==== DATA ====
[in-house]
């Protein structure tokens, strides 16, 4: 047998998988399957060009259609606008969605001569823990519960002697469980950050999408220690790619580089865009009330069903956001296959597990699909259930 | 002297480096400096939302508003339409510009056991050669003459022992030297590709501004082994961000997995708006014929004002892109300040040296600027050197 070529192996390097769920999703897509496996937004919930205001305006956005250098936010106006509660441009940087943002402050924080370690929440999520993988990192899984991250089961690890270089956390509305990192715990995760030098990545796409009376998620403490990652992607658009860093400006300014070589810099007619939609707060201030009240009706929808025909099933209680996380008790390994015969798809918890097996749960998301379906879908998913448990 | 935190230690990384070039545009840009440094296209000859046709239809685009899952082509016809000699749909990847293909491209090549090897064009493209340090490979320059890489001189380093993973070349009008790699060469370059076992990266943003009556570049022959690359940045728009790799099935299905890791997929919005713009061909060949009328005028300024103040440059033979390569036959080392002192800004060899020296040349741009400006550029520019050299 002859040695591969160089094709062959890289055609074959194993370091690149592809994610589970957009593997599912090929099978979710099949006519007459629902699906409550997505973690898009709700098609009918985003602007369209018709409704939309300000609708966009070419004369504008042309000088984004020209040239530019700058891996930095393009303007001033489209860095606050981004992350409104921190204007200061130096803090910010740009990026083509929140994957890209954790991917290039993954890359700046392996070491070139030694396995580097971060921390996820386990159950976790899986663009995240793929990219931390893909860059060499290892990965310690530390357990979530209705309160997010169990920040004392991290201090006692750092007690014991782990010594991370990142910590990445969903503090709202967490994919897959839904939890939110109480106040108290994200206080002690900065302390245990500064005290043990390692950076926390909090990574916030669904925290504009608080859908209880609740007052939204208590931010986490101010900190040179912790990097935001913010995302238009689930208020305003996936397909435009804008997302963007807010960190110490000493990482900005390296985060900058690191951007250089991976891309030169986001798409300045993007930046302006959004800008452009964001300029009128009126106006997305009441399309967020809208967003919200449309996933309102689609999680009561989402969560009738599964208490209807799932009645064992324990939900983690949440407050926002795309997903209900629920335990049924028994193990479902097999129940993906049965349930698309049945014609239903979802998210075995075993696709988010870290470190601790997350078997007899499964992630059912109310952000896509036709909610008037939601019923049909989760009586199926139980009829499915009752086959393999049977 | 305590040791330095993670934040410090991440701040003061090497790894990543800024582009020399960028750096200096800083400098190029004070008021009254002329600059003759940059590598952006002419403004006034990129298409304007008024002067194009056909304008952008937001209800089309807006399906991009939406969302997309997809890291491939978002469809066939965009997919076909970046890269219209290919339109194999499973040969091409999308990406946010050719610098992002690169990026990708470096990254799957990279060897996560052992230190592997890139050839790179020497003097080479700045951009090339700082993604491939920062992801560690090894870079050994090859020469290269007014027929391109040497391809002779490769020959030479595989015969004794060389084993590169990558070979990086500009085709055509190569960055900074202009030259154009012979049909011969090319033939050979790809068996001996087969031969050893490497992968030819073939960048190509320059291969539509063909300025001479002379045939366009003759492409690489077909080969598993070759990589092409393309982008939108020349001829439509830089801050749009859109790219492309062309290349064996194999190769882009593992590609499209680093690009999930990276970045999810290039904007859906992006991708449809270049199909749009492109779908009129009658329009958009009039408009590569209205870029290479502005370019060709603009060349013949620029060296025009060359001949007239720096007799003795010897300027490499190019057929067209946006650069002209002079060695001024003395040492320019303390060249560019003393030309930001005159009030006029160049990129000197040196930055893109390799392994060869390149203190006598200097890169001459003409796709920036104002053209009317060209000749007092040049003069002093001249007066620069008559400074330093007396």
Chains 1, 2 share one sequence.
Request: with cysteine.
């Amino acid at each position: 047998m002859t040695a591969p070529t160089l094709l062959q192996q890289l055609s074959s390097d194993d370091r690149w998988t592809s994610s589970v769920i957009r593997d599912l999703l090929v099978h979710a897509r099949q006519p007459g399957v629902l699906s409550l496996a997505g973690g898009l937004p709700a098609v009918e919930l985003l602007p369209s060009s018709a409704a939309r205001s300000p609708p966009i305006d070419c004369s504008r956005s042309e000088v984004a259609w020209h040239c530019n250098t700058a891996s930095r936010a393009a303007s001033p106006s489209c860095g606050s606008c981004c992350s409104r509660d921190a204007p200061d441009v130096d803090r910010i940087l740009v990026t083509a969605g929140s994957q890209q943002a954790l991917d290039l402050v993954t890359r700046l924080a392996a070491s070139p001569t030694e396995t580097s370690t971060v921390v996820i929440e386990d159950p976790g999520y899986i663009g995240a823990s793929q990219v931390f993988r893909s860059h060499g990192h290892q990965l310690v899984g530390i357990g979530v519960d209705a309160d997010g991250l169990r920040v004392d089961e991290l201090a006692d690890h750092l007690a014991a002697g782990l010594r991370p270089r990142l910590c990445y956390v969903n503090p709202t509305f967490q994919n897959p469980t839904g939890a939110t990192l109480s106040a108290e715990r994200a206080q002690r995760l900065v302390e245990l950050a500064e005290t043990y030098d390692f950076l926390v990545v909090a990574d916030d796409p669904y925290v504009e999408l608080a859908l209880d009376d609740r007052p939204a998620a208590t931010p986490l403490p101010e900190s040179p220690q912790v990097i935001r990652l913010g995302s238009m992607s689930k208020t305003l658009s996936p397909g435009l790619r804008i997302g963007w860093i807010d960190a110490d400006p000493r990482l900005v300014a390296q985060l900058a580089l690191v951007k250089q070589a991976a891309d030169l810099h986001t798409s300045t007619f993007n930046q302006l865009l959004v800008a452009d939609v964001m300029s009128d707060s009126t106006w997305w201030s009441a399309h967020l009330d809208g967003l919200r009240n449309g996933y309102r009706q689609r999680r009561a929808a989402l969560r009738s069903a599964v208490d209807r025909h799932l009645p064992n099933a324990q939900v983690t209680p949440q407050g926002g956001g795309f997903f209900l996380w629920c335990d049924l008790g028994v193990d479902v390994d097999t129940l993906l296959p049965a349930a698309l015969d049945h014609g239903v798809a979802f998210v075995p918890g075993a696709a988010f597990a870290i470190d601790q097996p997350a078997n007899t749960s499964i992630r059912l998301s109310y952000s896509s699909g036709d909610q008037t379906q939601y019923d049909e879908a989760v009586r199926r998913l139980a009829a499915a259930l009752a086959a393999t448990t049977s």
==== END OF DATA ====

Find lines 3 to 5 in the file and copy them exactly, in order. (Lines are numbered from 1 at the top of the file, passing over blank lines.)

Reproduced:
Chains 1, 2 share one sequence.
Request: with cysteine.
């Amino acid at each position: 047998m002859t040695a591969p070529t160089l094709l062959q192996q890289l055609s074959s390097d194993d370091r690149w998988t592809s994610s589970v769920i957009r593997d599912l999703l090929v099978h979710a897509r099949q006519p007459g399957v629902l699906s409550l496996a997505g973690g898009l937004p709700a098609v009918e919930l985003l602007p369209s060009s018709a409704a939309r205001s300000p609708p966009i305006d070419c004369s504008r956005s042309e000088v984004a259609w020209h040239c530019n250098t700058a891996s930095r936010a393009a303007s001033p106006s489209c860095g606050s606008c981004c992350s409104r509660d921190a204007p200061d441009v130096d803090r910010i940087l740009v990026t083509a969605g929140s994957q890209q943002a954790l991917d290039l402050v993954t890359r700046l924080a392996a070491s070139p001569t030694e396995t580097s370690t971060v921390v996820i929440e386990d159950p976790g999520y899986i663009g995240a823990s793929q990219v931390f993988r893909s860059h060499g990192h290892q990965l310690v899984g530390i357990g979530v519960d209705a309160d997010g991250l169990r920040v004392d089961e991290l201090a006692d690890h750092l007690a014991a002697g782990l010594r991370p270089r990142l910590c990445y956390v969903n503090p709202t509305f967490q994919n897959p469980t839904g939890a939110t990192l109480s106040a108290e715990r994200a206080q002690r995760l900065v302390e245990l950050a500064e005290t043990y030098d390692f950076l926390v990545v909090a990574d916030d796409p669904y925290v504009e999408l608080a859908l209880d009376d609740r007052p939204a998620a208590t931010p986490l403490p101010e900190s040179p220690q912790v990097i935001r990652l913010g995302s238009m992607s689930k208020t305003l658009s996936p397909g435009l790619r804008i997302g963007w860093i807010d960190a110490d400006p000493r990482l900005v300014a390296q985060l900058a580089l690191v951007k250089q070589a991976a891309d030169l810099h986001t798409s300045t007619f993007n930046q302006l865009l959004v800008a452009d939609v964001m300029s009128d707060s009126t106006w997305w201030s009441a399309h967020l009330d809208g967003l919200r009240n449309g996933y309102r009706q689609r999680r009561a929808a989402l969560r009738s069903a599964v208490d209807r025909h799932l009645p064992n099933a324990q939900v983690t209680p949440q407050g926002g956001g795309f997903f209900l996380w629920c335990d049924l008790g028994v193990d479902v390994d097999t129940l993906l296959p049965a349930a698309l015969d049945h014609g239903v798809a979802f998210v075995p918890g075993a696709a988010f597990a870290i470190d601790q097996p997350a078997n007899t749960s499964i992630r059912l998301s109310y952000s896509s699909g036709d909610q008037t379906q939601y019923d049909e879908a989760v009586r199926r998913l139980a009829a499915a259930l009752a086959a393999t448990t049977s």